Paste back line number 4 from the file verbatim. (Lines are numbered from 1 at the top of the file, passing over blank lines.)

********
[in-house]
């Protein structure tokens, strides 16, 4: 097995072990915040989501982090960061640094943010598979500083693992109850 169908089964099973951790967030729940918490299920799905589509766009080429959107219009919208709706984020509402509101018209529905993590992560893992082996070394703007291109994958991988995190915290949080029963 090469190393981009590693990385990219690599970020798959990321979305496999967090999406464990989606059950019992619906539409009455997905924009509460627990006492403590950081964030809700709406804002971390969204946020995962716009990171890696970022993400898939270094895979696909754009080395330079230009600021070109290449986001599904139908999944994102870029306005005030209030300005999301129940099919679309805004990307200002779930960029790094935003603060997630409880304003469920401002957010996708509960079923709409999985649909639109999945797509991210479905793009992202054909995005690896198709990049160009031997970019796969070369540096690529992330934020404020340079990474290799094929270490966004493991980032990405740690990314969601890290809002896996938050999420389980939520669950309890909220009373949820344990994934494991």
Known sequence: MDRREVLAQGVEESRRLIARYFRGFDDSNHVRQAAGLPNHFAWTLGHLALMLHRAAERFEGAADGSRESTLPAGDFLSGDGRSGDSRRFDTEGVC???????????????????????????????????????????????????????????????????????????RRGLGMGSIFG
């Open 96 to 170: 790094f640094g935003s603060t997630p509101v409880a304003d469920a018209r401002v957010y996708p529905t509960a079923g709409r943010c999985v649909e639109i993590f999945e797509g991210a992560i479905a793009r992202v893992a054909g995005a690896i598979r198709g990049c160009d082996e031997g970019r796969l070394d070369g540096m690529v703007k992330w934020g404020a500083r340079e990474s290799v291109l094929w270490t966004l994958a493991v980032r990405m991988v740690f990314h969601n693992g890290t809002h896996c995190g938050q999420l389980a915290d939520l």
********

């Open 96 to 170: 790094f640094g935003s603060t997630p509101v409880a304003d469920a018209r401002v957010y996708p529905t509960a079923g709409r943010c999985v649909e639109i993590f999945e797509g991210a992560i479905a793009r992202v893992a054909g995005a690896i598979r198709g990049c160009d082996e031997g970019r796969l070394d070369g540096m690529v703007k992330w934020g404020a500083r340079e990474s290799v291109l094929w270490t966004l994958a493991v980032r990405m991988v740690f990314h969601n693992g890290t809002h896996c995190g938050q999420l389980a915290d939520l």